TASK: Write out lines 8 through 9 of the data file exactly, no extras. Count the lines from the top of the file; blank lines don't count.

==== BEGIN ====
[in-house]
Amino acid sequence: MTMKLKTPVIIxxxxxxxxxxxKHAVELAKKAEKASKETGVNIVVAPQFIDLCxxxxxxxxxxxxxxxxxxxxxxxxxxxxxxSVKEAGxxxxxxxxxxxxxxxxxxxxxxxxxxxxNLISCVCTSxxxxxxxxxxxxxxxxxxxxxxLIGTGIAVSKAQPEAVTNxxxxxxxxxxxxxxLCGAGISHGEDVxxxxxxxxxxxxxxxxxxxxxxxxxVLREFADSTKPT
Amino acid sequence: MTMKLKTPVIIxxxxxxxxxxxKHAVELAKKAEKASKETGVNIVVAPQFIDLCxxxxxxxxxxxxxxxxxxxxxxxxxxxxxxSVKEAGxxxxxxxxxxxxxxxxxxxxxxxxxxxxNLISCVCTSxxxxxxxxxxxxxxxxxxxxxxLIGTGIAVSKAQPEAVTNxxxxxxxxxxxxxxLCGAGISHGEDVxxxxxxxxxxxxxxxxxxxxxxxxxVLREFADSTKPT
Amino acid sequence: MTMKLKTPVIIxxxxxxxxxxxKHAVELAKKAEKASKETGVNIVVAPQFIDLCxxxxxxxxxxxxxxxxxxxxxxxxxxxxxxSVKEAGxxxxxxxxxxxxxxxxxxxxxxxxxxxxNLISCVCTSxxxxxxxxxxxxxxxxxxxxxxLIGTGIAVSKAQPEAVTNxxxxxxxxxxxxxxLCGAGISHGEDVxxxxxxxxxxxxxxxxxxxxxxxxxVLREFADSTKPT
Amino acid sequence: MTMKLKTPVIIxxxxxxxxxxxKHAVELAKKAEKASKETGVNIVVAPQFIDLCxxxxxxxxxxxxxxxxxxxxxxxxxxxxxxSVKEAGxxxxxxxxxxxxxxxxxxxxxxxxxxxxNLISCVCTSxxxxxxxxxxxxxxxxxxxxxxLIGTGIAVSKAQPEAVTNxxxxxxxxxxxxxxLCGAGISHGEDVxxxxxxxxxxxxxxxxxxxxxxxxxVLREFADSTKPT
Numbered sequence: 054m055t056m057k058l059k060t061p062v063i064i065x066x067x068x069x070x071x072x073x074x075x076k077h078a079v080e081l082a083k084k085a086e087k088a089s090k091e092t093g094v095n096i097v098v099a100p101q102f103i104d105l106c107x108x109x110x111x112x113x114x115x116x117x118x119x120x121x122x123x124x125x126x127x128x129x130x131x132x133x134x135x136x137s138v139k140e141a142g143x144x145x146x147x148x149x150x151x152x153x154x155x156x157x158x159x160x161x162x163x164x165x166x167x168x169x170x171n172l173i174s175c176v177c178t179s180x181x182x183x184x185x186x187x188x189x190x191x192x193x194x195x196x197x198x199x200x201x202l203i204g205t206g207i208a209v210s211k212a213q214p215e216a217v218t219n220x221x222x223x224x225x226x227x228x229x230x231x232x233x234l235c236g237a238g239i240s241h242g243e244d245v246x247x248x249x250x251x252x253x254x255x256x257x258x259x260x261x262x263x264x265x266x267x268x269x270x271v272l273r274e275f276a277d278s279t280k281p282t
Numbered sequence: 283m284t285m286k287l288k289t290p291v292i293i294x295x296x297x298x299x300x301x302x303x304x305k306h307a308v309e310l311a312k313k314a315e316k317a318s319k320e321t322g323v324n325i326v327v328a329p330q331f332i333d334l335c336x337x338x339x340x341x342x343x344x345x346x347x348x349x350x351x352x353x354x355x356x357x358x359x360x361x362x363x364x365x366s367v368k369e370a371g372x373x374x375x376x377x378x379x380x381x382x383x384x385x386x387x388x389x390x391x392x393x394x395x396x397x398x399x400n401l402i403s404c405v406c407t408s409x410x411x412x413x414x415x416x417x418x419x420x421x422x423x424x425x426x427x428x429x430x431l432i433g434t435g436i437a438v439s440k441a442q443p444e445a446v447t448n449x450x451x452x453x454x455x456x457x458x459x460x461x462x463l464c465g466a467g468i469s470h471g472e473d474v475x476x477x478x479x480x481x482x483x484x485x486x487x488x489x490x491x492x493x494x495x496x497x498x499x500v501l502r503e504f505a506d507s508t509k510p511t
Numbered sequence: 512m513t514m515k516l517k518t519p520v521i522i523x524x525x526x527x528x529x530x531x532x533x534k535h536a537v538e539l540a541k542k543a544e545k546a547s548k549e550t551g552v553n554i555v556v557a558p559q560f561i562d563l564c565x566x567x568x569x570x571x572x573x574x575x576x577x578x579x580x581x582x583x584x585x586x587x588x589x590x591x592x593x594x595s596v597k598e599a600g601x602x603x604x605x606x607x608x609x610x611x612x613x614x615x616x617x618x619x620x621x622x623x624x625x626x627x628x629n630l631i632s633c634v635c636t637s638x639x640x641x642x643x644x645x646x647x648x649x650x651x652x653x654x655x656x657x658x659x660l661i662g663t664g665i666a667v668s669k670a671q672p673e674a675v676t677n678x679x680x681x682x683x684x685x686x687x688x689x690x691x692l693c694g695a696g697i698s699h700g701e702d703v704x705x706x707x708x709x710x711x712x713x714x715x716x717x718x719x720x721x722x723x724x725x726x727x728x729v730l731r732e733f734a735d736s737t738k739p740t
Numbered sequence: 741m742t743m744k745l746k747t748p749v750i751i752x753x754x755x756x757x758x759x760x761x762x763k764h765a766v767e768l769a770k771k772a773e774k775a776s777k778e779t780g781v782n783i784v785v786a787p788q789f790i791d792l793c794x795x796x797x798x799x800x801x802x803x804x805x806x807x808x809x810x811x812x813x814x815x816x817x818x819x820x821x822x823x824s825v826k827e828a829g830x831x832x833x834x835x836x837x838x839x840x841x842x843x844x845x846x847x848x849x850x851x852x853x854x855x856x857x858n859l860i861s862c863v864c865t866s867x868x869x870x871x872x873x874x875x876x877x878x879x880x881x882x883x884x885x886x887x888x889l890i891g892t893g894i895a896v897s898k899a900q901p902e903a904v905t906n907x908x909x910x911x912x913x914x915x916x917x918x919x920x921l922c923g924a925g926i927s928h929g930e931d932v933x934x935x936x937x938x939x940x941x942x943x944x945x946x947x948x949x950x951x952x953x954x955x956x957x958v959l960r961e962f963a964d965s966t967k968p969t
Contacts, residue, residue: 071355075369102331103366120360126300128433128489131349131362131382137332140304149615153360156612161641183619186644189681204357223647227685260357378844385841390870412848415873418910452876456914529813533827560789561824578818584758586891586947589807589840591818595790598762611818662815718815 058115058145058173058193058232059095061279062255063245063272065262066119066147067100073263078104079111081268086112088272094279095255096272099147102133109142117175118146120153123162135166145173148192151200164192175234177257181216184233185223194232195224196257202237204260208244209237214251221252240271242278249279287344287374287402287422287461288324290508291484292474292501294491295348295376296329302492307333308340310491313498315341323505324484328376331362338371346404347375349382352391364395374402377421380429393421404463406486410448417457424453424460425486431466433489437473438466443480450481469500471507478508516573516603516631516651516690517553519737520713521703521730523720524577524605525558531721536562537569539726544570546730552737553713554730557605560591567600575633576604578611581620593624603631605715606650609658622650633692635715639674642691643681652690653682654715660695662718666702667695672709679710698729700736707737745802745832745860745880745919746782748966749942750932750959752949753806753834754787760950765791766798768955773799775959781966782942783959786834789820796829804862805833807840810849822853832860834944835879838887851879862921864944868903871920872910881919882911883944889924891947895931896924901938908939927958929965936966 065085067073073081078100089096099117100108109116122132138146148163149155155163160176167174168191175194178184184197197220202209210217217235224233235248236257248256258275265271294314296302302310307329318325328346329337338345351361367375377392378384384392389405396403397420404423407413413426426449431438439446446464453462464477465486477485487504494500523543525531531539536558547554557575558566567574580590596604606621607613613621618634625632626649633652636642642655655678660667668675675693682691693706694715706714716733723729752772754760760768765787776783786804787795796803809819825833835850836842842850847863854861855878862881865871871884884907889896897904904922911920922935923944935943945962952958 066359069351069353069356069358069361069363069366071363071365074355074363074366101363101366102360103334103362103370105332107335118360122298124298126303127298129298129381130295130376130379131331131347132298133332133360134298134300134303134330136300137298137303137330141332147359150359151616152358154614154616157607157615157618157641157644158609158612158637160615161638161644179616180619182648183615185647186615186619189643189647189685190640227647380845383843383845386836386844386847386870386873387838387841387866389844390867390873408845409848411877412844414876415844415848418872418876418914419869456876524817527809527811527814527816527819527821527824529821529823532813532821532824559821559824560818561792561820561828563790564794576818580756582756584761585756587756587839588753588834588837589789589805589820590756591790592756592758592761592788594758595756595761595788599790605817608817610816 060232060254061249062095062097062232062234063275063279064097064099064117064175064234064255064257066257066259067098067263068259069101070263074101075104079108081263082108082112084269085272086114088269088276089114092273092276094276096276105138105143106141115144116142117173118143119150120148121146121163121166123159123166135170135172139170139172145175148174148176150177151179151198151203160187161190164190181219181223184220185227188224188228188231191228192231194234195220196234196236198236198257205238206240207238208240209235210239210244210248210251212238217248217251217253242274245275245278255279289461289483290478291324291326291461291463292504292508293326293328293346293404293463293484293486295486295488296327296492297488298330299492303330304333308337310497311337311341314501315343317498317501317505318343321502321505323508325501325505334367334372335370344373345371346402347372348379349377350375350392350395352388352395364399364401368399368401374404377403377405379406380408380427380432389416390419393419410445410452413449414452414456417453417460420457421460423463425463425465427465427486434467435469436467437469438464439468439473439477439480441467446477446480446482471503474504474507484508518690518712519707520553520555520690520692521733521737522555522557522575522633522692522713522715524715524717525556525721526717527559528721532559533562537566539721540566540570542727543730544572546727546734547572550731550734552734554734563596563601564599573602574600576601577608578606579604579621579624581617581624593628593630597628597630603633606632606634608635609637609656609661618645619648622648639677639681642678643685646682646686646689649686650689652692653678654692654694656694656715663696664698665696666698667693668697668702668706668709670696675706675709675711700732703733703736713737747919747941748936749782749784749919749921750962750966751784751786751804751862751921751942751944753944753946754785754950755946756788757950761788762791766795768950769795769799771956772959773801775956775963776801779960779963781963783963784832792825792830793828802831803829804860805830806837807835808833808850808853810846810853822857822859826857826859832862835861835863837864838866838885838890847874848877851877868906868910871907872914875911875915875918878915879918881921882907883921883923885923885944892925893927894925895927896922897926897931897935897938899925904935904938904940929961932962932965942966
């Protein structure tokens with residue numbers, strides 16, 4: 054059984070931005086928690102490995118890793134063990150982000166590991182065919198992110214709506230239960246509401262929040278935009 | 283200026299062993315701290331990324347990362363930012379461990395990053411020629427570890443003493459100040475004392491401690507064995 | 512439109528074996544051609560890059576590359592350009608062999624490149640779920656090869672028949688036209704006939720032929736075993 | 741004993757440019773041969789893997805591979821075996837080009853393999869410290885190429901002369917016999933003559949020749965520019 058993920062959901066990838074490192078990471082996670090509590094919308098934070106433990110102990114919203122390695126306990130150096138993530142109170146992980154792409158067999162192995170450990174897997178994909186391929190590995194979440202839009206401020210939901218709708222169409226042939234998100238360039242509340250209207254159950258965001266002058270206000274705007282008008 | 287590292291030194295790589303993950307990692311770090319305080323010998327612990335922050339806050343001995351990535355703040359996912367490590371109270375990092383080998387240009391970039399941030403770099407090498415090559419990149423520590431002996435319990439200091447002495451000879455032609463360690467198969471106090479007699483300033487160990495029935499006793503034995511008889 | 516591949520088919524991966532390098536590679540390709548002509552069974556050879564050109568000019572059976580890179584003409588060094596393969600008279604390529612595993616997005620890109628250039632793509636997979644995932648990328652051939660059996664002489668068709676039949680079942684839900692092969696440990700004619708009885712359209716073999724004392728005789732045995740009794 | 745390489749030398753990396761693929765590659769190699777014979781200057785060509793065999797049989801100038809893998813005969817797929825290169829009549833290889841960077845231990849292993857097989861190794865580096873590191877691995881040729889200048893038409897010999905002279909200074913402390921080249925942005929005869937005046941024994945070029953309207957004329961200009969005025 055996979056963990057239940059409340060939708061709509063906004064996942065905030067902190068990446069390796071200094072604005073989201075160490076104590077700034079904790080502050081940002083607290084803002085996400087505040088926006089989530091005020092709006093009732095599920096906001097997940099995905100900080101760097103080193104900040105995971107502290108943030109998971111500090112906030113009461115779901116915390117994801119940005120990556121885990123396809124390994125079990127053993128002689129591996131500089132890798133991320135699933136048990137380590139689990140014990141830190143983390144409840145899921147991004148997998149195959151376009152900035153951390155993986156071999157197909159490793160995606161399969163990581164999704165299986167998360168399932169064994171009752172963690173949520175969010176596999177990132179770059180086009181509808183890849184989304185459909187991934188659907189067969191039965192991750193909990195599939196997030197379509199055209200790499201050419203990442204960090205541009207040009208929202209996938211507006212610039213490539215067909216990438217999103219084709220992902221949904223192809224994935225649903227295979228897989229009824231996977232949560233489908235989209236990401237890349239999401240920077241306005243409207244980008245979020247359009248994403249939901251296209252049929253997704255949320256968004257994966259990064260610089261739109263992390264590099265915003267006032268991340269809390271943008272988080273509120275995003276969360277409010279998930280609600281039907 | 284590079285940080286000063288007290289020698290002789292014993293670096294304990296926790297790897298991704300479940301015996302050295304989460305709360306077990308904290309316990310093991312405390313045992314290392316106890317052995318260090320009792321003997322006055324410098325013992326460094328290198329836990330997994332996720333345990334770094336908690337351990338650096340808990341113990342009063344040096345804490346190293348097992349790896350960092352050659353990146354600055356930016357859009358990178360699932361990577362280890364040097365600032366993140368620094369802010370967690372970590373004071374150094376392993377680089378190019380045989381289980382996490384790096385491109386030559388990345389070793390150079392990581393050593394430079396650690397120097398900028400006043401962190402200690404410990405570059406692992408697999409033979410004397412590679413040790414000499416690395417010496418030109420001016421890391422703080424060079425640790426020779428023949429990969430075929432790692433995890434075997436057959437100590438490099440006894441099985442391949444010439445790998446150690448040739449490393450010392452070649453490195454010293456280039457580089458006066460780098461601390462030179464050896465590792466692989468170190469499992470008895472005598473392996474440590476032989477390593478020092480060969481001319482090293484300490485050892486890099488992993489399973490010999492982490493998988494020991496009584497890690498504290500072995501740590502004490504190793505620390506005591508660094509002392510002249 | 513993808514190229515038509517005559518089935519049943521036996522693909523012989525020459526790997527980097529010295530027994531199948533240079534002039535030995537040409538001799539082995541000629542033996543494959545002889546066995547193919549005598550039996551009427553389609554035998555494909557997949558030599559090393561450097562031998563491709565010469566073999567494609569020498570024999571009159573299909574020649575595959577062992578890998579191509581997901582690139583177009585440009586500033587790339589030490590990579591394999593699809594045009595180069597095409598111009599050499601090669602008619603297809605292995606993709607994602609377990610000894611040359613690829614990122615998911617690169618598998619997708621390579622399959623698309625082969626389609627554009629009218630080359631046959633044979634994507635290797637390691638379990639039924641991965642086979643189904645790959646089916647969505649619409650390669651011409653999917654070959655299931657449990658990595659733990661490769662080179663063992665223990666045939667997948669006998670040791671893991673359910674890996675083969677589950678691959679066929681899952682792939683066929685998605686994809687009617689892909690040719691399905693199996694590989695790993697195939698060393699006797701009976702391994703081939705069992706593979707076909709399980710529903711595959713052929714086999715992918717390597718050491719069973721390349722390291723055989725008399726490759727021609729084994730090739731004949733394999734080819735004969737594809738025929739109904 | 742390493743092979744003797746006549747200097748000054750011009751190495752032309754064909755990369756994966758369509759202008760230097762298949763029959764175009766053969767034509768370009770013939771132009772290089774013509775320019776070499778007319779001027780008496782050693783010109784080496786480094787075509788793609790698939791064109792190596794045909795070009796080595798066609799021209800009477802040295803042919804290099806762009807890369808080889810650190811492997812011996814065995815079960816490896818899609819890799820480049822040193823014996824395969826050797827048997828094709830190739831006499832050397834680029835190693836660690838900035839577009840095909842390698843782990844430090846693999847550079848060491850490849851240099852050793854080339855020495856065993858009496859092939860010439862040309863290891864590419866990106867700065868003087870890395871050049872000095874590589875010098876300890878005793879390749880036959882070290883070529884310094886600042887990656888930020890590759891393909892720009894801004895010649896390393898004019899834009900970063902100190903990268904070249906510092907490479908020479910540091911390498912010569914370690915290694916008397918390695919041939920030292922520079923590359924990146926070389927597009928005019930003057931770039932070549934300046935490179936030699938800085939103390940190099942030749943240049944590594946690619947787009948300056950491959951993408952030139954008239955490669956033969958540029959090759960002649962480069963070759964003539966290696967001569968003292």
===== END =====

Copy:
Numbered sequence: 512m513t514m515k516l517k518t519p520v521i522i523x524x525x526x527x528x529x530x531x532x533x534k535h536a537v538e539l540a541k542k543a544e545k546a547s548k549e550t551g552v553n554i555v556v557a558p559q560f561i562d563l564c565x566x567x568x569x570x571x572x573x574x575x576x577x578x579x580x581x582x583x584x585x586x587x588x589x590x591x592x593x594x595s596v597k598e599a600g601x602x603x604x605x606x607x608x609x610x611x612x613x614x615x616x617x618x619x620x621x622x623x624x625x626x627x628x629n630l631i632s633c634v635c636t637s638x639x640x641x642x643x644x645x646x647x648x649x650x651x652x653x654x655x656x657x658x659x660l661i662g663t664g665i666a667v668s669k670a671q672p673e674a675v676t677n678x679x680x681x682x683x684x685x686x687x688x689x690x691x692l693c694g695a696g697i698s699h700g701e702d703v704x705x706x707x708x709x710x711x712x713x714x715x716x717x718x719x720x721x722x723x724x725x726x727x728x729v730l731r732e733f734a735d736s737t738k739p740t
Numbered sequence: 741m742t743m744k745l746k747t748p749v750i751i752x753x754x755x756x757x758x759x760x761x762x763k764h765a766v767e768l769a770k771k772a773e774k775a776s777k778e779t780g781v782n783i784v785v786a787p788q789f790i791d792l793c794x795x796x797x798x799x800x801x802x803x804x805x806x807x808x809x810x811x812x813x814x815x816x817x818x819x820x821x822x823x824s825v826k827e828a829g830x831x832x833x834x835x836x837x838x839x840x841x842x843x844x845x846x847x848x849x850x851x852x853x854x855x856x857x858n859l860i861s862c863v864c865t866s867x868x869x870x871x872x873x874x875x876x877x878x879x880x881x882x883x884x885x886x887x888x889l890i891g892t893g894i895a896v897s898k899a900q901p902e903a904v905t906n907x908x909x910x911x912x913x914x915x916x917x918x919x920x921l922c923g924a925g926i927s928h929g930e931d932v933x934x935x936x937x938x939x940x941x942x943x944x945x946x947x948x949x950x951x952x953x954x955x956x957x958v959l960r961e962f963a964d965s966t967k968p969t